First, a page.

To be an apple! - Psalm 17 vs 8
“Keep me as the apple of your eye; hide me in the shadow of your wings.”
We are now into the first week of Advent. It’s about the coming of Jesus into a dark sinful world to be our Saviour. I love Christmas, don’t you? Some grumble about the commercialisation of the season. That’s true but I love it anyway. The carols, the nativity, the events, the presents, the food, the strange sense of love and hopefulness...and the lights. We’ve been encouraged to get the lights up early this year and already they are appearing in windows, on houses, in gardens. Its about bringing a bit of cheer into the very dark shadow of Covid 19. Will the lights be enough to illuminate this darkness?
We can see in Psalm 17 that David had some dark times as well. His spiritual journey was not all light and life, despite his “steps having kept to God’s paths” (17:5). There were many who made life very tough for him. At times he must have felt as if the darkness was closing in around him. David’s prayer in 17:8 reveals the incredible hope that he had: “Keep me as the apple of your eye.” This means that he was already the apple of God’s eye. He was only praying that he would remain so. That is amazing!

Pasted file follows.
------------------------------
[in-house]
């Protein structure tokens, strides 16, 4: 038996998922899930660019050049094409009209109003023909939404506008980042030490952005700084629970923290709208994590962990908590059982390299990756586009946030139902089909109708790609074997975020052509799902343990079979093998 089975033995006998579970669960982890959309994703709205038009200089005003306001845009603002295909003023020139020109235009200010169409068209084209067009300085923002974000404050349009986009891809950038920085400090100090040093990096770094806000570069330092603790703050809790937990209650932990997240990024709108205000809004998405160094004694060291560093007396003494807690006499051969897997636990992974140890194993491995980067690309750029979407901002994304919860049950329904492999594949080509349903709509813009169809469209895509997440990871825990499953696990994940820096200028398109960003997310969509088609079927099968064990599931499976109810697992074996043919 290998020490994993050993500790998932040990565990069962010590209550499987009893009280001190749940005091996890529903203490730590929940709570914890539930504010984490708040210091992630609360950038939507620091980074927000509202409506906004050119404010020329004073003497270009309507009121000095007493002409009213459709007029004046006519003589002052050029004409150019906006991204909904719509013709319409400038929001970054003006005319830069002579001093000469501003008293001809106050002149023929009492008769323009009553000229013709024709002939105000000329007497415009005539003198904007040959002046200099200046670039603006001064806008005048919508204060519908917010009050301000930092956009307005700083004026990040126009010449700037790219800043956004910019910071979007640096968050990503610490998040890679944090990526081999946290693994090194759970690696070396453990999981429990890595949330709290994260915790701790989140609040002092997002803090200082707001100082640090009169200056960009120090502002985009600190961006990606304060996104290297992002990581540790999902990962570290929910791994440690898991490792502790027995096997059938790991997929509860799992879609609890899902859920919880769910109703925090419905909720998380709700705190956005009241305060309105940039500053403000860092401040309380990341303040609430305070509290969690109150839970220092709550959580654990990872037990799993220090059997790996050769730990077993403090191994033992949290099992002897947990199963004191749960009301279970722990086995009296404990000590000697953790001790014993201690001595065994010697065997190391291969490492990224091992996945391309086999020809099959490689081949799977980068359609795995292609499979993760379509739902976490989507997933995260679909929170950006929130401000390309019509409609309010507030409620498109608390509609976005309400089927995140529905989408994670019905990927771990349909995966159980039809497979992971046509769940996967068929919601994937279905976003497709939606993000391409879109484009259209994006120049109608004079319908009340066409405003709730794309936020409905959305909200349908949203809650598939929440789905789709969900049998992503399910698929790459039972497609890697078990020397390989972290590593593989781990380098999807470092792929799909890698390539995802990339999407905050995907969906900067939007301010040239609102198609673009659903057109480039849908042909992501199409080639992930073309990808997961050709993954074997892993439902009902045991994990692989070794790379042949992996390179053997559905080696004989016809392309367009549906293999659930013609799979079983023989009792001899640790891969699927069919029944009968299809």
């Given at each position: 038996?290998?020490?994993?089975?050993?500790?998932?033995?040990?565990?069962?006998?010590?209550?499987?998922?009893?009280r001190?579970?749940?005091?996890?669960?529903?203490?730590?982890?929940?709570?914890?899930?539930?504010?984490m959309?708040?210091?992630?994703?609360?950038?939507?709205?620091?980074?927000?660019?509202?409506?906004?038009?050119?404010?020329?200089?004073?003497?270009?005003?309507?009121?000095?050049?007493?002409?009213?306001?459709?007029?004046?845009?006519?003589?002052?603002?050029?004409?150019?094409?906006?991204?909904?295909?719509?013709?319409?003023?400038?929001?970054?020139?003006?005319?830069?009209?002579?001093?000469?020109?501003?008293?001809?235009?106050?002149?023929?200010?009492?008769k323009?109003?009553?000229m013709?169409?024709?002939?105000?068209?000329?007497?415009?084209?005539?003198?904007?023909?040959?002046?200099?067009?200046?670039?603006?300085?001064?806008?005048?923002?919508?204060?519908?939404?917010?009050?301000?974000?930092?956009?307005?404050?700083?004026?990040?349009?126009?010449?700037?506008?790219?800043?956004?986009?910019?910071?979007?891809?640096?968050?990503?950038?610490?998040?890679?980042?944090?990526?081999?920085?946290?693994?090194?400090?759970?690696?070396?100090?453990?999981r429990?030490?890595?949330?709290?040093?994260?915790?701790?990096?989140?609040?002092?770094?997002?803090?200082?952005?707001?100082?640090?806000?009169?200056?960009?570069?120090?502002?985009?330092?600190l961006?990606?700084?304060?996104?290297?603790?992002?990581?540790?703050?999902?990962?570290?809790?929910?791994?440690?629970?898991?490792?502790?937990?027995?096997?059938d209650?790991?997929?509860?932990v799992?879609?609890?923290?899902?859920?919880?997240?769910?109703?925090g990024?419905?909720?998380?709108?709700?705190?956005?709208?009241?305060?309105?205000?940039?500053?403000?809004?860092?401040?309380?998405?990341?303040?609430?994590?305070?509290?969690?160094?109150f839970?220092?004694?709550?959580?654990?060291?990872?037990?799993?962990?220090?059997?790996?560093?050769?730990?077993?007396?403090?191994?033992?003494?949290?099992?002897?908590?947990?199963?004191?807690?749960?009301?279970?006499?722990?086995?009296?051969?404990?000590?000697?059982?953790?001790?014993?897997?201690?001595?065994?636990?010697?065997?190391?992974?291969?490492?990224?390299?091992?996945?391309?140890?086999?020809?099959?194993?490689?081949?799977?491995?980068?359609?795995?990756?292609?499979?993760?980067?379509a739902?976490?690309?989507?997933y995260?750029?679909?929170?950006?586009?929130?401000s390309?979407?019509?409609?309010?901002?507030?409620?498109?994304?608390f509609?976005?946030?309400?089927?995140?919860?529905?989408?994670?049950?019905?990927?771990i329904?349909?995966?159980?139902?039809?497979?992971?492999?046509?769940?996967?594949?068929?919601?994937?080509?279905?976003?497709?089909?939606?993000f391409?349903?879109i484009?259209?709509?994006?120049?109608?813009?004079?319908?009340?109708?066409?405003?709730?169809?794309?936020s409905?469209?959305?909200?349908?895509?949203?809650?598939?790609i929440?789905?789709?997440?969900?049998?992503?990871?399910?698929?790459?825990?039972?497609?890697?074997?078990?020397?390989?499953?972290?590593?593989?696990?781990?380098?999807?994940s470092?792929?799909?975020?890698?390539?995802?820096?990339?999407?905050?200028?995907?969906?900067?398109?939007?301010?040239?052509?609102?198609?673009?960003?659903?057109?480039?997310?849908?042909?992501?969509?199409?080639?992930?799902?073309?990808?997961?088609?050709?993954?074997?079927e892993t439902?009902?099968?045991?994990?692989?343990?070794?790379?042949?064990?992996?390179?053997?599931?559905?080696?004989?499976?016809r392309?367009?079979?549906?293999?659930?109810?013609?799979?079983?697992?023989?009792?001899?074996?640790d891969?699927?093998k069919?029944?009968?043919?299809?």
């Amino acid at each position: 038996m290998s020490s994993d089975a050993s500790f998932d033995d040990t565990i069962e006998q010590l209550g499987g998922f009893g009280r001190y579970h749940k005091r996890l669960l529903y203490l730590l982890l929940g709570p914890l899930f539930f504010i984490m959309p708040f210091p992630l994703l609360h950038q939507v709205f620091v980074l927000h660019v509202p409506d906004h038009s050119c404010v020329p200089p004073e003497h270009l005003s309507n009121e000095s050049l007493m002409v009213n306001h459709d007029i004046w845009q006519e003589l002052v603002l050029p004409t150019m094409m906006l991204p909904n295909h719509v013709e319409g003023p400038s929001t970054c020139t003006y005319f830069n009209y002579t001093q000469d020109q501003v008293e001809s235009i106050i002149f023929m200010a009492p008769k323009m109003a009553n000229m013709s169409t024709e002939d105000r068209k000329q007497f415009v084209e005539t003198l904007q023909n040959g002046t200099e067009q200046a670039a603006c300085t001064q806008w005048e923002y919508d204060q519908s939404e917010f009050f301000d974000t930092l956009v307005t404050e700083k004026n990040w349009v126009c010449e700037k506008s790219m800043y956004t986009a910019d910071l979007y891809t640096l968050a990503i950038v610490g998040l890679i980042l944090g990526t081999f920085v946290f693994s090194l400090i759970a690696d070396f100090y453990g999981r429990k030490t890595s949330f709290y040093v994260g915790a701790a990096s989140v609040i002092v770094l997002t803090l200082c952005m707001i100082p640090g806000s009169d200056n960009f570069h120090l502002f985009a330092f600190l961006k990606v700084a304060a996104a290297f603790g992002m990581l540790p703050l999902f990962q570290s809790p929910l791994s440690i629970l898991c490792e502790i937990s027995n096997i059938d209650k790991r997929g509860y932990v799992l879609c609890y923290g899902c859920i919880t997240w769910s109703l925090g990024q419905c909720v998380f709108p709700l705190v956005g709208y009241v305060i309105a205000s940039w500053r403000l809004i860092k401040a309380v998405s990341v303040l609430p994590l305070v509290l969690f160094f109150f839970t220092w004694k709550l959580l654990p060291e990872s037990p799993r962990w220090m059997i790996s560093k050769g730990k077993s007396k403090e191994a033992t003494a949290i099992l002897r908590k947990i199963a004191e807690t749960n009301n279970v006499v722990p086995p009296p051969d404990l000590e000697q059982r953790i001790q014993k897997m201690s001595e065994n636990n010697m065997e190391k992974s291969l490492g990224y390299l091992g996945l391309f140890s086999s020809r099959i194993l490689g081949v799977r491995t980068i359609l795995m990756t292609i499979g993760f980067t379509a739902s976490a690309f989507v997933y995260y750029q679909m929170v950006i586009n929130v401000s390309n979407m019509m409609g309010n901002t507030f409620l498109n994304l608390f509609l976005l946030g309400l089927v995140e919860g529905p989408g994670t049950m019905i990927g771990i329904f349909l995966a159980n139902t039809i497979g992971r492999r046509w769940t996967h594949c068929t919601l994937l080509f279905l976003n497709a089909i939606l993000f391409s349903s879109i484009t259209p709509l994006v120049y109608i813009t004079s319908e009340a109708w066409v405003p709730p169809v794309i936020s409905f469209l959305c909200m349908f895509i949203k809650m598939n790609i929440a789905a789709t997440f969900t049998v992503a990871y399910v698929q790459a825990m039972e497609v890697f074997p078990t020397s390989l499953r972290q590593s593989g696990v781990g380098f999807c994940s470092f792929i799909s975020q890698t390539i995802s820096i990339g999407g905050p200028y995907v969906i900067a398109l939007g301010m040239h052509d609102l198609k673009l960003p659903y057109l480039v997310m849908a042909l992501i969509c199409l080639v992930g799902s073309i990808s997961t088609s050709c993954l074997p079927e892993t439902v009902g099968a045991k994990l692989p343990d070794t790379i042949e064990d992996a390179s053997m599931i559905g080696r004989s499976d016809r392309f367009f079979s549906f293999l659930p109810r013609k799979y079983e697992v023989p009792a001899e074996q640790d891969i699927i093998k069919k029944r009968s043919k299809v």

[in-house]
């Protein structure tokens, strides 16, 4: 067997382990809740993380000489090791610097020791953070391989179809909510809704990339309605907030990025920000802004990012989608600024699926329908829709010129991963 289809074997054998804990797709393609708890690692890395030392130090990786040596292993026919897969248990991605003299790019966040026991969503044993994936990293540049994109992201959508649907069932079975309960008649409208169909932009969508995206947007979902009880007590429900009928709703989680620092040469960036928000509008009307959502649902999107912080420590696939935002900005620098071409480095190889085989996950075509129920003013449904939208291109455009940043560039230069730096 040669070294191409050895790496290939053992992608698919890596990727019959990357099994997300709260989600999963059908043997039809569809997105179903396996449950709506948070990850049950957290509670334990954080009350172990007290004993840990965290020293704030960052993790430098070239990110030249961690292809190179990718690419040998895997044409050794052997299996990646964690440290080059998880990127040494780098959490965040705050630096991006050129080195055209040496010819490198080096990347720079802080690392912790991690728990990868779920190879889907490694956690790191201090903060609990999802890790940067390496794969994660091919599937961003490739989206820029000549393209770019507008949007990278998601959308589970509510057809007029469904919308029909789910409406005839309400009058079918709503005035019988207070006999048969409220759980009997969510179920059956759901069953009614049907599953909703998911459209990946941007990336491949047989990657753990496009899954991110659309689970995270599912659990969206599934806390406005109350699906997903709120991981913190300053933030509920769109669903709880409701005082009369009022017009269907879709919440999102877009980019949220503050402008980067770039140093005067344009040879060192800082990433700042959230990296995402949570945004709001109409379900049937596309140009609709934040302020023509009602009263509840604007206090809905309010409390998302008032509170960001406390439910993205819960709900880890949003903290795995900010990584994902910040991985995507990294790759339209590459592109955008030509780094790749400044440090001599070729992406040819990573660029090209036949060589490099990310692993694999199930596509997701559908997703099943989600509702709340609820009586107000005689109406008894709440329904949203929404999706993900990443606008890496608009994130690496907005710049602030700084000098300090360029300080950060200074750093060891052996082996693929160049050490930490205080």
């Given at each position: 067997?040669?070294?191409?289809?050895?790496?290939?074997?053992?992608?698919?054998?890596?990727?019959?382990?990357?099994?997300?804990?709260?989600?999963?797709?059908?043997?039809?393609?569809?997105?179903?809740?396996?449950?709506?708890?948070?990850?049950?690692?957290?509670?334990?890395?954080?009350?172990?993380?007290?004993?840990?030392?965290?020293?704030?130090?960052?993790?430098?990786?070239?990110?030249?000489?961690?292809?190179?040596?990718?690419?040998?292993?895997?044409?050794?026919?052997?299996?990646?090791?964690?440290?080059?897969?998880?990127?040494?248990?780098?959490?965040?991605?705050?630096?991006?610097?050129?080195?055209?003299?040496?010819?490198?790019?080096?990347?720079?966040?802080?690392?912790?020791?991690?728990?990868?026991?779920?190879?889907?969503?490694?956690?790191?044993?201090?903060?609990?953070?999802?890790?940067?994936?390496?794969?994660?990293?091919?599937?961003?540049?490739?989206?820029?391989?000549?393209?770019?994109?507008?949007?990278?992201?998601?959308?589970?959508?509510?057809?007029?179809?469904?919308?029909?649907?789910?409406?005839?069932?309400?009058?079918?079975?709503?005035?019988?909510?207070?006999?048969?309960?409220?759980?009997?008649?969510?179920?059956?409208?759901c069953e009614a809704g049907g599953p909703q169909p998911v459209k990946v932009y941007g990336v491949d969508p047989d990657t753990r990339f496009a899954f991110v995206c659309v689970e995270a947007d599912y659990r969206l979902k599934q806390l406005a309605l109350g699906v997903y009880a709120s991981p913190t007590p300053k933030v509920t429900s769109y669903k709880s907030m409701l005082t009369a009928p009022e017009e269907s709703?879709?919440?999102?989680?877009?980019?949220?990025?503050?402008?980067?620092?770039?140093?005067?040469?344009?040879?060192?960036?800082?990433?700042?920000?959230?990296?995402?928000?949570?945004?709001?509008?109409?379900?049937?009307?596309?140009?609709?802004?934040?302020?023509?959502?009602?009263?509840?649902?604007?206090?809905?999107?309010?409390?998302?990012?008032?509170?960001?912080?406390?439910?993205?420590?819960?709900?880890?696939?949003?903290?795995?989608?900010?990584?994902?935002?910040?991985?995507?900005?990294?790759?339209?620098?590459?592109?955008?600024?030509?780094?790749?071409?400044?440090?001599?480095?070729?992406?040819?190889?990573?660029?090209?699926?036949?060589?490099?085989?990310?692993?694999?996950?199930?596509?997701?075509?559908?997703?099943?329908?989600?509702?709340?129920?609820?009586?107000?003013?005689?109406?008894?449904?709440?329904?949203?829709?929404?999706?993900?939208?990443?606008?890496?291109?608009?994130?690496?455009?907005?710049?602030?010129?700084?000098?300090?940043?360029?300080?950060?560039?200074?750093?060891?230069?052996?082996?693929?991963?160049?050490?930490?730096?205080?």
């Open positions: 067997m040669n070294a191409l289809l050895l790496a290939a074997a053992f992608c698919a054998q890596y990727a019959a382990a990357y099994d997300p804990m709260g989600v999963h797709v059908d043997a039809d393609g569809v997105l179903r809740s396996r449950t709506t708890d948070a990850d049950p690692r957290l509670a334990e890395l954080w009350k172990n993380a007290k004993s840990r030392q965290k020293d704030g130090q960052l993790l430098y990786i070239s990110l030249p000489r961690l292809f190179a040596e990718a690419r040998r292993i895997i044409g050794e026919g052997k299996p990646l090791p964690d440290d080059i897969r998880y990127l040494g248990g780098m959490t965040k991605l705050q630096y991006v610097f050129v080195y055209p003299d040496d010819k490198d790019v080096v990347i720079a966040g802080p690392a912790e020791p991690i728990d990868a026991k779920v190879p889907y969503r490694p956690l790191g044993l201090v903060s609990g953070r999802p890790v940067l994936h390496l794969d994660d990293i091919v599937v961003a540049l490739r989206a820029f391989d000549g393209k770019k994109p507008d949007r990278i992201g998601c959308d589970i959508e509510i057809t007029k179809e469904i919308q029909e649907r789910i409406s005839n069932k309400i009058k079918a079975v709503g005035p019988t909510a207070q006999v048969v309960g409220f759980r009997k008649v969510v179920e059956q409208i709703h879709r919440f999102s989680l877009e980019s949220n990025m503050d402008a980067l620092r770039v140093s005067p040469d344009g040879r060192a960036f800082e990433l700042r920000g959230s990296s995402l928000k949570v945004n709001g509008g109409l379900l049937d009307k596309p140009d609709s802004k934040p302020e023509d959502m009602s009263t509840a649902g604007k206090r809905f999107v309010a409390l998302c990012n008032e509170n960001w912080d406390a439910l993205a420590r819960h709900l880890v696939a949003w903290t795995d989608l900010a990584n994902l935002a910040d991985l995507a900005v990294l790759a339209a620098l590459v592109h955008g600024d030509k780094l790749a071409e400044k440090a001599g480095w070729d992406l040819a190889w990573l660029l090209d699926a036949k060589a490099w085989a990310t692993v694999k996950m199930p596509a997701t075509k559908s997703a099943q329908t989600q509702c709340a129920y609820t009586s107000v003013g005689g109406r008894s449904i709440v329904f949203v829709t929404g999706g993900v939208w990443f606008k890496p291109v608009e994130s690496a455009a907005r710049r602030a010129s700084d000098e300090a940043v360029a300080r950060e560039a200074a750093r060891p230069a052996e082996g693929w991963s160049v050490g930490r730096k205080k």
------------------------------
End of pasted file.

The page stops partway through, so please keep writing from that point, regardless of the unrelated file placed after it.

The “apple” was ancient speak for the pupil in the eye. It was seen as the most precious part of the body that was to be protected above all else. David suggests that God protects his children like the body protects the pupil. High cheek-bones shelter it from incoming blows. Bushy eyebrows keep sweat from the brow from getting in. Eyelashes act like fences, keeping all unwanted intruders out, and eyelids close over it to provide rest.
Can you see how David was encouraged? God treats his children like that. The verse confirms the idea by picturing God as a mother bird standing, with his mighty wings outstretched, sheltering us chicks from harm (v8b). How do we know this is true for us?
Because God has proved it by coming into our world – the light shining in the darkness and chasing the darkness away (John 1:5). God in the flesh came to Bethlehem and then went to the cross at Calvary where he stretched out His arms to protect us from our sin and rebellion. Paul wrote: “He who did not spare his own Son but gave him up for us all – how will he not also, along with him, graciously give us all things” (Romans 8:32).
Isn’t that an amazing hope? This Advent season, let’s enjoy the lights and everything else as best we can but let’s also make sure we do it as “the apple of God’s eye” through believing in Jesus Christ.